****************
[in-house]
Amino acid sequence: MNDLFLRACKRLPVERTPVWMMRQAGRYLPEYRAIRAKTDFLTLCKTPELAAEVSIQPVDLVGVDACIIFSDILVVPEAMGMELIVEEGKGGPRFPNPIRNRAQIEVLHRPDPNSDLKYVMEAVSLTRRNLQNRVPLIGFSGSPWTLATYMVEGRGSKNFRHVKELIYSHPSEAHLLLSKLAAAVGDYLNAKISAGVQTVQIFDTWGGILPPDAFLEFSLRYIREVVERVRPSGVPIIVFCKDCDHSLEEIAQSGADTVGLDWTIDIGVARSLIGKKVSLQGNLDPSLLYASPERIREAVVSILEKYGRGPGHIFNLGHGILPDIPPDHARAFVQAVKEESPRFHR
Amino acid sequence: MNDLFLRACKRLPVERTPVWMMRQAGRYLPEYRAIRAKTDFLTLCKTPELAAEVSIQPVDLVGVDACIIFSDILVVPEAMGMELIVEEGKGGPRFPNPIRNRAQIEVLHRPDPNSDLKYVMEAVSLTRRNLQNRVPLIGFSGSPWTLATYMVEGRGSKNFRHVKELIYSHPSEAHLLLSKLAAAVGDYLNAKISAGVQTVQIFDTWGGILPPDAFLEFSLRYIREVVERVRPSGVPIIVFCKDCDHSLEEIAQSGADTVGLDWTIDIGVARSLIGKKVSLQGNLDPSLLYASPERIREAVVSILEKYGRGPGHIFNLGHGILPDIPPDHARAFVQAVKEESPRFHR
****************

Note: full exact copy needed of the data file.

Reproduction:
[in-house]
Amino acid sequence: MNDLFLRACKRLPVERTPVWMMRQAGRYLPEYRAIRAKTDFLTLCKTPELAAEVSIQPVDLVGVDACIIFSDILVVPEAMGMELIVEEGKGGPRFPNPIRNRAQIEVLHRPDPNSDLKYVMEAVSLTRRNLQNRVPLIGFSGSPWTLATYMVEGRGSKNFRHVKELIYSHPSEAHLLLSKLAAAVGDYLNAKISAGVQTVQIFDTWGGILPPDAFLEFSLRYIREVVERVRPSGVPIIVFCKDCDHSLEEIAQSGADTVGLDWTIDIGVARSLIGKKVSLQGNLDPSLLYASPERIREAVVSILEKYGRGPGHIFNLGHGILPDIPPDHARAFVQAVKEESPRFHR
Amino acid sequence: MNDLFLRACKRLPVERTPVWMMRQAGRYLPEYRAIRAKTDFLTLCKTPELAAEVSIQPVDLVGVDACIIFSDILVVPEAMGMELIVEEGKGGPRFPNPIRNRAQIEVLHRPDPNSDLKYVMEAVSLTRRNLQNRVPLIGFSGSPWTLATYMVEGRGSKNFRHVKELIYSHPSEAHLLLSKLAAAVGDYLNAKISAGVQTVQIFDTWGGILPPDAFLEFSLRYIREVVERVRPSGVPIIVFCKDCDHSLEEIAQSGADTVGLDWTIDIGVARSLIGKKVSLQGNLDPSLLYASPERIREAVVSILEKYGRGPGHIFNLGHGILPDIPPDHARAFVQAVKEESPRFHR